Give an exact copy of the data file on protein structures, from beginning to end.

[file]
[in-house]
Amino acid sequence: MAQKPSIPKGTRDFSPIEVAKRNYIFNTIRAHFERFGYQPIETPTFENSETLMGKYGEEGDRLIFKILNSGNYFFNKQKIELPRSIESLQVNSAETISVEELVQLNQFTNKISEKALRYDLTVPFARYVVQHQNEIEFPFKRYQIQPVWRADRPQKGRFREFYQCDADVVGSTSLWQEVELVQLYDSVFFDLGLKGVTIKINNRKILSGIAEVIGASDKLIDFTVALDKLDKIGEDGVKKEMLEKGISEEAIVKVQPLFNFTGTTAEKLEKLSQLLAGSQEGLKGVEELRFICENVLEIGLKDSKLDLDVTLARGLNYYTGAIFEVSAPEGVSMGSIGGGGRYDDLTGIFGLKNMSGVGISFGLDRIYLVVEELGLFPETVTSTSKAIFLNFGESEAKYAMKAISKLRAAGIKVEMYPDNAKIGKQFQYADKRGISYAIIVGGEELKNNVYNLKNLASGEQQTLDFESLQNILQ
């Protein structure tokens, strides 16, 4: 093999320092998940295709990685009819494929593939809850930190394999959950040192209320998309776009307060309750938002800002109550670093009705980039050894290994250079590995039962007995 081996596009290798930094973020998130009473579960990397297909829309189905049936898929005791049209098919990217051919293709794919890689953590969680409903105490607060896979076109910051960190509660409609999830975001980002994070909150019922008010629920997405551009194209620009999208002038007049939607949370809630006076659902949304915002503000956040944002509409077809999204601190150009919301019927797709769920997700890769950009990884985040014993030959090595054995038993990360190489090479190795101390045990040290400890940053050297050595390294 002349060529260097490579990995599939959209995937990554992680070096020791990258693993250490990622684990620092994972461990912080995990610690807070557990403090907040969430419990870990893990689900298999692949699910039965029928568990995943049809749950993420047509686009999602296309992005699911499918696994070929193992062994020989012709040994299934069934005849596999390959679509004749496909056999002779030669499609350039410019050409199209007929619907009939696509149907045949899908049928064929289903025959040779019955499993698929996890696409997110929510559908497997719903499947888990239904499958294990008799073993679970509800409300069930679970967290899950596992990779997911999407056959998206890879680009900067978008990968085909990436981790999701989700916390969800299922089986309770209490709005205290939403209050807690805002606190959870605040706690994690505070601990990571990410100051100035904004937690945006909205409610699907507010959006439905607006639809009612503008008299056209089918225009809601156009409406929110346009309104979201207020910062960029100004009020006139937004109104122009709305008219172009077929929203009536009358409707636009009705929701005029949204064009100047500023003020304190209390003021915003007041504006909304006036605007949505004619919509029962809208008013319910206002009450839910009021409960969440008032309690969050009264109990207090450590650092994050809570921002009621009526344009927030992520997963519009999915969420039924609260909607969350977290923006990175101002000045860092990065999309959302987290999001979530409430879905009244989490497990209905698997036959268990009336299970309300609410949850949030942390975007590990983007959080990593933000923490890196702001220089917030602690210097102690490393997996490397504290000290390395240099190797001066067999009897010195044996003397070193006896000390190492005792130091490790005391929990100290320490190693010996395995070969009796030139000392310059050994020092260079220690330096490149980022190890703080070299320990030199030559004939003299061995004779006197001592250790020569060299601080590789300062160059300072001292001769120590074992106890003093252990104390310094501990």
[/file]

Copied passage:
[in-house]
Amino acid sequence: MAQKPSIPKGTRDFSPIEVAKRNYIFNTIRAHFERFGYQPIETPTFENSETLMGKYGEEGDRLIFKILNSGNYFFNKQKIELPRSIESLQVNSAETISVEELVQLNQFTNKISEKALRYDLTVPFARYVVQHQNEIEFPFKRYQIQPVWRADRPQKGRFREFYQCDADVVGSTSLWQEVELVQLYDSVFFDLGLKGVTIKINNRKILSGIAEVIGASDKLIDFTVALDKLDKIGEDGVKKEMLEKGISEEAIVKVQPLFNFTGTTAEKLEKLSQLLAGSQEGLKGVEELRFICENVLEIGLKDSKLDLDVTLARGLNYYTGAIFEVSAPEGVSMGSIGGGGRYDDLTGIFGLKNMSGVGISFGLDRIYLVVEELGLFPETVTSTSKAIFLNFGESEAKYAMKAISKLRAAGIKVEMYPDNAKIGKQFQYADKRGISYAIIVGGEELKNNVYNLKNLASGEQQTLDFESLQNILQ
């Protein structure tokens, strides 16, 4: 093999320092998940295709990685009819494929593939809850930190394999959950040192209320998309776009307060309750938002800002109550670093009705980039050894290994250079590995039962007995 081996596009290798930094973020998130009473579960990397297909829309189905049936898929005791049209098919990217051919293709794919890689953590969680409903105490607060896979076109910051960190509660409609999830975001980002994070909150019922008010629920997405551009194209620009999208002038007049939607949370809630006076659902949304915002503000956040944002509409077809999204601190150009919301019927797709769920997700890769950009990884985040014993030959090595054995038993990360190489090479190795101390045990040290400890940053050297050595390294 002349060529260097490579990995599939959209995937990554992680070096020791990258693993250490990622684990620092994972461990912080995990610690807070557990403090907040969430419990870990893990689900298999692949699910039965029928568990995943049809749950993420047509686009999602296309992005699911499918696994070929193992062994020989012709040994299934069934005849596999390959679509004749496909056999002779030669499609350039410019050409199209007929619907009939696509149907045949899908049928064929289903025959040779019955499993698929996890696409997110929510559908497997719903499947888990239904499958294990008799073993679970509800409300069930679970967290899950596992990779997911999407056959998206890879680009900067978008990968085909990436981790999701989700916390969800299922089986309770209490709005205290939403209050807690805002606190959870605040706690994690505070601990990571990410100051100035904004937690945006909205409610699907507010959006439905607006639809009612503008008299056209089918225009809601156009409406929110346009309104979201207020910062960029100004009020006139937004109104122009709305008219172009077929929203009536009358409707636009009705929701005029949204064009100047500023003020304190209390003021915003007041504006909304006036605007949505004619919509029962809208008013319910206002009450839910009021409960969440008032309690969050009264109990207090450590650092994050809570921002009621009526344009927030992520997963519009999915969420039924609260909607969350977290923006990175101002000045860092990065999309959302987290999001979530409430879905009244989490497990209905698997036959268990009336299970309300609410949850949030942390975007590990983007959080990593933000923490890196702001220089917030602690210097102690490393997996490397504290000290390395240099190797001066067999009897010195044996003397070193006896000390190492005792130091490790005391929990100290320490190693010996395995070969009796030139000392310059050994020092260079220690330096490149980022190890703080070299320990030199030559004939003299061995004779006197001592250790020569060299601080590789300062160059300072001292001769120590074992106890003093252990104390310094501990």